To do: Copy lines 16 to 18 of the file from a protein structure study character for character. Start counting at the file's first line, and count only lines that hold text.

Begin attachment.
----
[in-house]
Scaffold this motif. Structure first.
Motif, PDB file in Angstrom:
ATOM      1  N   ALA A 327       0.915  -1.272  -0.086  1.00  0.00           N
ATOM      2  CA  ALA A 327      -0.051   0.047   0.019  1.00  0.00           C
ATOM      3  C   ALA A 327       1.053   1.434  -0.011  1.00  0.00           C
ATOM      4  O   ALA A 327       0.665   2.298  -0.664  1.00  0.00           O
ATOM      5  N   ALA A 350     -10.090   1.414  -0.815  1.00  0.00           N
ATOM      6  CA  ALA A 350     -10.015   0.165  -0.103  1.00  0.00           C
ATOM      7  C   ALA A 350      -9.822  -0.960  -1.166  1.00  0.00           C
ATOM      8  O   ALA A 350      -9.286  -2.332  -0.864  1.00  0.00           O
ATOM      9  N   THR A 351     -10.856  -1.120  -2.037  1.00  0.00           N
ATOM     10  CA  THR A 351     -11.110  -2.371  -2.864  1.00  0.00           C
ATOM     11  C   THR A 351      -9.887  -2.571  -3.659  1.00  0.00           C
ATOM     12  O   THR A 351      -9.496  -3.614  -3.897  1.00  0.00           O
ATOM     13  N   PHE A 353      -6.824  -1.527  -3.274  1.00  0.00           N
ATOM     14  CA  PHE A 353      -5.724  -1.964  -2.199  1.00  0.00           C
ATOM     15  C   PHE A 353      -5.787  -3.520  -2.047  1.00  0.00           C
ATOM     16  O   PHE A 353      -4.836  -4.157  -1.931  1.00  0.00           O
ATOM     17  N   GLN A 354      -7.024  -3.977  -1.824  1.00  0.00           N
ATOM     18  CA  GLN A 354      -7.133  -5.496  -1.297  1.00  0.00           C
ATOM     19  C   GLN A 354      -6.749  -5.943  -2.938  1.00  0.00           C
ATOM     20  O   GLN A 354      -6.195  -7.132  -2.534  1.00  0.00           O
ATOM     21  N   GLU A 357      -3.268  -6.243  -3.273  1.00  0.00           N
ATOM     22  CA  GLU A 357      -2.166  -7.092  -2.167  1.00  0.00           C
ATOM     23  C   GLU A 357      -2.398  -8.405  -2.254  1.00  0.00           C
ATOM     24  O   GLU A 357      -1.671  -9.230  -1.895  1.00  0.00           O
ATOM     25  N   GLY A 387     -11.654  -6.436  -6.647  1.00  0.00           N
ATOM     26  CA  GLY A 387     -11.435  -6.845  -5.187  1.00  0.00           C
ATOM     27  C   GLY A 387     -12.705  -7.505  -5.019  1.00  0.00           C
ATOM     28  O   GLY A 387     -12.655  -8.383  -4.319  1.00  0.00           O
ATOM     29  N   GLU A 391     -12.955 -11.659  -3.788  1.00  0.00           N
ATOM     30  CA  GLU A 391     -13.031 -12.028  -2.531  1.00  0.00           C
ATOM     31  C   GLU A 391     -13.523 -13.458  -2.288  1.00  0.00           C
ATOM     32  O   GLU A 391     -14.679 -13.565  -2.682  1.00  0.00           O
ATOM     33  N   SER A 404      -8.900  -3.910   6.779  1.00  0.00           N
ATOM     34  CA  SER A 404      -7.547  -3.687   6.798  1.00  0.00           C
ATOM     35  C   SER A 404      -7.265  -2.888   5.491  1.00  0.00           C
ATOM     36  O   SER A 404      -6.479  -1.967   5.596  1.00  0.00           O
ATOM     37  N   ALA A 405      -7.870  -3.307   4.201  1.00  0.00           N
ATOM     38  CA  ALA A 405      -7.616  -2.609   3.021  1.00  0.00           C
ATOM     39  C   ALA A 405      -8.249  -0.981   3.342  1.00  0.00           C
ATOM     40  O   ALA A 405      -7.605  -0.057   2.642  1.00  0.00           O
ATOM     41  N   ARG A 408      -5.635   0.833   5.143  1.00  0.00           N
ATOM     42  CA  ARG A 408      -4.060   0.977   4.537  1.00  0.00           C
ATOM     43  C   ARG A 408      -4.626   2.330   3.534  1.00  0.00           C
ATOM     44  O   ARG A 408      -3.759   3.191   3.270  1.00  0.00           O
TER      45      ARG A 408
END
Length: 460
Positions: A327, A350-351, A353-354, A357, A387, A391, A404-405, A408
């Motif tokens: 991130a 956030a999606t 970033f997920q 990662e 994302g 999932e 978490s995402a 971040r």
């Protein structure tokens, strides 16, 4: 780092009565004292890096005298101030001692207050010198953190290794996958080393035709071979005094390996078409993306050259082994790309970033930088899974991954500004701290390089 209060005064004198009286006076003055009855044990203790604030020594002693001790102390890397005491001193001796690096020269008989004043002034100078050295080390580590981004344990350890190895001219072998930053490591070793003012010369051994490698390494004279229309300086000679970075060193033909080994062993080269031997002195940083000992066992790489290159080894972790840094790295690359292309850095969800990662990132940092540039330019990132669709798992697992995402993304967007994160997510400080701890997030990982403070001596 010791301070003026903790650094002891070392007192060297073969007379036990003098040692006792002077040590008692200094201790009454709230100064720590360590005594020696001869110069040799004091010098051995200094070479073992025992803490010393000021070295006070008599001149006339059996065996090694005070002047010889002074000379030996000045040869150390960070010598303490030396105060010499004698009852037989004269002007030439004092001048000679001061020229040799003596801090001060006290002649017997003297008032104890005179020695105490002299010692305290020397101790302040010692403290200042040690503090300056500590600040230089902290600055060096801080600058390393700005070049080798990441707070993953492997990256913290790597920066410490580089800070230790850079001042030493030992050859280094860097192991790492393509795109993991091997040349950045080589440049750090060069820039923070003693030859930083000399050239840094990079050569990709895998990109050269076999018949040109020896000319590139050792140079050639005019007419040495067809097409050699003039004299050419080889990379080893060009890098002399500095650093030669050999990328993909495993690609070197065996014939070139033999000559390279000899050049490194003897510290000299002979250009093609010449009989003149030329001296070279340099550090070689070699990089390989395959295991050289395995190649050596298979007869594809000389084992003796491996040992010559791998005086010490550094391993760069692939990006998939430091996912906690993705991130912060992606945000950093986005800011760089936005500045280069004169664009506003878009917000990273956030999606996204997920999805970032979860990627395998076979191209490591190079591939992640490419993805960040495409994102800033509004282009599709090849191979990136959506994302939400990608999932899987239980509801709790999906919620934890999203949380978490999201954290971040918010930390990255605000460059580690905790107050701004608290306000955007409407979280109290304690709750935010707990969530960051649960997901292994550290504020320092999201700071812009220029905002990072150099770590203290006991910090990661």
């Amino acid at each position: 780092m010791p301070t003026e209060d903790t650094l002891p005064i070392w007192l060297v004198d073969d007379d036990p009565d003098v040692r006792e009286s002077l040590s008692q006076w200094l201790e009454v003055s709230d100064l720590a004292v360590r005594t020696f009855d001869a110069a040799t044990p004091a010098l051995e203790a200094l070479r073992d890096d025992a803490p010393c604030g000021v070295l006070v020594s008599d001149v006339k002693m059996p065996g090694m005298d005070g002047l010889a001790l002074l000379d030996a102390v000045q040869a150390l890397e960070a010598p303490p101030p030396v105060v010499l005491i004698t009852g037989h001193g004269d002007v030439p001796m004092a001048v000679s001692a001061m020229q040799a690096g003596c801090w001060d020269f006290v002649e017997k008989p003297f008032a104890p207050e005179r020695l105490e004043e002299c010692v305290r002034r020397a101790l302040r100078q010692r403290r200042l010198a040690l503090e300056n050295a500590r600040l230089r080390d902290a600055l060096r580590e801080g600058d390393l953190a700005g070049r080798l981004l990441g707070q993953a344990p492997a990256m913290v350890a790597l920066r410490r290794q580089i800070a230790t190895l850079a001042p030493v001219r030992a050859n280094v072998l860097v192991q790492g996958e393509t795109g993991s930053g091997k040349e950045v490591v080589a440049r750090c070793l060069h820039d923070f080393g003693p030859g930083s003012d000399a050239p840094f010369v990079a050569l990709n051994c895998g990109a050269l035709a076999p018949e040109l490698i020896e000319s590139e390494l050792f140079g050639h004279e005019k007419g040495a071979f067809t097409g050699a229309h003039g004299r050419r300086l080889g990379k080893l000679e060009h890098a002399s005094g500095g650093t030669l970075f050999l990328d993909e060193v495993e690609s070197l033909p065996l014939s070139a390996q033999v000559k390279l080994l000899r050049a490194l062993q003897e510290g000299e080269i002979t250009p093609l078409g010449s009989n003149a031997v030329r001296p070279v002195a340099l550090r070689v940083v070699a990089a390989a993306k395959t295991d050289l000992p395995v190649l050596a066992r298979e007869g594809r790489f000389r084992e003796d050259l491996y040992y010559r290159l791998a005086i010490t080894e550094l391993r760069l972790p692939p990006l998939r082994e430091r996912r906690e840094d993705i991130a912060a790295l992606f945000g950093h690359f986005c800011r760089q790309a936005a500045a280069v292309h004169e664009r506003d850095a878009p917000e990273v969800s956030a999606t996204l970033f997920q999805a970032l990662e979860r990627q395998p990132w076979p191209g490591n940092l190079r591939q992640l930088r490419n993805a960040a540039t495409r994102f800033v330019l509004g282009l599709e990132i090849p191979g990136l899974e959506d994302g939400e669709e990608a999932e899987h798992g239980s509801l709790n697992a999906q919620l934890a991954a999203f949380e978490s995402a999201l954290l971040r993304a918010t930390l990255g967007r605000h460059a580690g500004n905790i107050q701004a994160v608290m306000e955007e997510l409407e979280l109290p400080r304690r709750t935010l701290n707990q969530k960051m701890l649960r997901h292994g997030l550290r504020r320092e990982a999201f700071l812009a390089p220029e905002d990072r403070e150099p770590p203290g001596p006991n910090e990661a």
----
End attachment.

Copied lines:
ATOM     13  N   PHE A 353      -6.824  -1.527  -3.274  1.00  0.00           N
ATOM     14  CA  PHE A 353      -5.724  -1.964  -2.199  1.00  0.00           C
ATOM     15  C   PHE A 353      -5.787  -3.520  -2.047  1.00  0.00           C